After Joakim Noah abused them on his way to a career-defining performance, the Sixers return home trying to break a 7-game losing streak against the struggling Golden State Warriors. Despite still holding the 6th seed in the Western Conference, Golden State has been on a downslide of late, going 3-9 in their last 12 games. Grantland’s Zach Lowe wrote an excellent piece this week on the recent struggles of the Warriors stemming from their return to poor defensive habits, sporting a 108.0 defensive rating over their past 17 games. At the moment, Andrew Bogut is out indefinitely with back spasms, forcing the Warriors to rely even more heavily on a David Lee-Carl Landry front court. Carl Landry is undersized for the power forward and the team improves measurably defensively with him on the bench (101.6 defensive rating off the court, 105.5 on). This line-up also forces David Lee to play center, who by one measure, is the second worst interior defender in the NBA, with opponents shooting 61% near the basket against him. Fortunately for Golden State, Philadelphia has looked like anything but a squad ready to pick apart a defense over the last few weeks. If the Sixers are going to have a chance to win this contest, they will need a vintage Thad Young performance to exploit this terrible defense inside.
However, on the other end of the court, the Warriors can score as well as anyone (9th in the NBA with a 103.9 offensive rating on the season), even during these past few weeks. Steph Curry’s 54-point performance (Including an unconscious 11-13 from behind the arc) at the Garden this week has been all the talk among NBA circles. His relatively good health this season has been the biggest reason for the Warriors’ turnaround, averaging 22.0 ppg while ranking 2nd in the league behind Kyle Korver with a 45.5 3PT%. Additionally, despite his atrocious defense, David Lee made his first all-star team this season because he has been incredibly effective on the offensive end with 18.9 ppg on 51.3 FG%. After facing a Chicago team struggling to score almost as much as themselves, Philadelphia might find the highly-skilled and efficient Warriors’ offense to be a rude awakening.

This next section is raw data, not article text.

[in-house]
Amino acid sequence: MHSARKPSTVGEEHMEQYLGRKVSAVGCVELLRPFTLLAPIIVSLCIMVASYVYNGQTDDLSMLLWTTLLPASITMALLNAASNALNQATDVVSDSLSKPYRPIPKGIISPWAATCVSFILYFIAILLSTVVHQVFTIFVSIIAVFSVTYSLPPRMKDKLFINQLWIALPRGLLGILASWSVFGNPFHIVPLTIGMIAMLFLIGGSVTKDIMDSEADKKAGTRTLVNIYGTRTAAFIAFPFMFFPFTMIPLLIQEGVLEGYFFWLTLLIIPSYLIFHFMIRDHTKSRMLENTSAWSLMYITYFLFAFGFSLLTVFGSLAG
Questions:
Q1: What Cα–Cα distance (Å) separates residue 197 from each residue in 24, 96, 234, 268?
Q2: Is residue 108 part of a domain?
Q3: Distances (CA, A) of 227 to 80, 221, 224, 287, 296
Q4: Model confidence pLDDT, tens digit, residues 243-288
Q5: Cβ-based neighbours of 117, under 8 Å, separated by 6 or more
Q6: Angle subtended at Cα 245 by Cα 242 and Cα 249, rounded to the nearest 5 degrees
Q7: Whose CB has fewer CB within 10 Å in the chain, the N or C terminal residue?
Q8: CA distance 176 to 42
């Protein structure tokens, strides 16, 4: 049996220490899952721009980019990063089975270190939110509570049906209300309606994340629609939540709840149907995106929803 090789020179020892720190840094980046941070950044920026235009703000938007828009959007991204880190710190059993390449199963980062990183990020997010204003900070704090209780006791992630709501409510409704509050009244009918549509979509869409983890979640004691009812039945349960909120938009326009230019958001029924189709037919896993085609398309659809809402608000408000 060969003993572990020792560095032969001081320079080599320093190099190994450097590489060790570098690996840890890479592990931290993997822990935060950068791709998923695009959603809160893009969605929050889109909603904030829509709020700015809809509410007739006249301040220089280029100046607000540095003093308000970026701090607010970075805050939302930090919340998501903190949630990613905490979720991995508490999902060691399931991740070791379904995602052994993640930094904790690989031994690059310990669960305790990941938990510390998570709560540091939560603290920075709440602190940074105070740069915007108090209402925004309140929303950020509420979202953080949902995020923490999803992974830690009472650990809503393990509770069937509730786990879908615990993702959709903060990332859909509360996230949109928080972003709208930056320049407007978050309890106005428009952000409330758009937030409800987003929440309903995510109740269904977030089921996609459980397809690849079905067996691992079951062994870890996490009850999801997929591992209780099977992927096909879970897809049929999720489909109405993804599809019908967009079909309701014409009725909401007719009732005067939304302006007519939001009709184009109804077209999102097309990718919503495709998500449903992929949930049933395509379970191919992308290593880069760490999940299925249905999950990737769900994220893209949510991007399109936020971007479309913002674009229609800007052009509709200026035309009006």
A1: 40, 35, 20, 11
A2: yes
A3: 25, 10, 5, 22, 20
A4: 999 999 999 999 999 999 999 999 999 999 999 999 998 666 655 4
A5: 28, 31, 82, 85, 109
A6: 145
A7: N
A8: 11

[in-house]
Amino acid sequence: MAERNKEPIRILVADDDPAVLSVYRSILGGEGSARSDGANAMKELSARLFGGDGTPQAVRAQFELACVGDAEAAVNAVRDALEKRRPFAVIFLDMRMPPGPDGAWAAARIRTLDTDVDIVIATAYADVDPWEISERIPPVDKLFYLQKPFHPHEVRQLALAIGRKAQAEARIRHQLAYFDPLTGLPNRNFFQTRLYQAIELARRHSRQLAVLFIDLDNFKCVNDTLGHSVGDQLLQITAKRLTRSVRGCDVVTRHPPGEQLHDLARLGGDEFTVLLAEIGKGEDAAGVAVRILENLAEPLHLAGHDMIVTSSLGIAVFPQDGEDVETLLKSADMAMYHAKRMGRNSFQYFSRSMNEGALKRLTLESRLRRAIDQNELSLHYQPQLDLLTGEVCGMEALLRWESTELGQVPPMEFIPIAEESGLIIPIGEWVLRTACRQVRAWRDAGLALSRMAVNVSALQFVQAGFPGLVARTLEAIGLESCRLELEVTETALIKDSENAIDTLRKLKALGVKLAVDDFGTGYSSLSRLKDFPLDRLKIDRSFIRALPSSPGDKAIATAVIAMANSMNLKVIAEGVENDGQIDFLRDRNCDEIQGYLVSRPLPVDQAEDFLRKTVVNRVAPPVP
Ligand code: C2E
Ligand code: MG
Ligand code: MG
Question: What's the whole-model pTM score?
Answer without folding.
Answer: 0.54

Finally, with the announcement that Andrew Bynum may have season-ending surgery, fans can finally put any hope of a miraculous return out of their minds. Honestly, I’m glad the ‘will he, won’t he’ saga with Bynum seems like it can be put to rest. I’ve given up any hopes on the season for a little while now; at this point, I’ll settle for one victory.
Keys to the Game:
- As mentioned, the Sixers must receive a big game from Thad Young. Lee and Landry log the majority of the frontcourt minutes for the Warriors and can be torn apart. Young has shown flashes of his old self following his return from a hamstring injury but has also been rusty at times. Philadelphia needs a 20 and 10, high-energy game from Thaddeus if they’re to pull this game out.
- Limit the open looks from downtown for the Warriors, who lead the league at 39.4 3PT%. Jrue Holiday needs to be a shadow following Steph Curry through screens around the court. Klay Thompson and Jarrett Jack are also above-average three-points shooters; the other Sixers backcourt members can not lose them on the outside.
- Get a strong effort from each unit. Bench players like Wilkins, Pargo, and Wright were the only ones to show any heart against Orlando. Then against Chicago, the starters played fairly well but the bench was a no-show. The Warriors will be on the back-end of a back-to-back after playing Boston the night before; run hard throughout and use your depth against their tired legs. It will take a full team effort against a quality opponent like Golden State.
Golden State’s biggest weakness (frontcourt defense) is not something Philadelphia is built to exploit. Without a post threat and relying too much on long jumpers, the Sixers cannot muster enough offense to hang with the high-scoring Warriors in dropping their 8th in a row.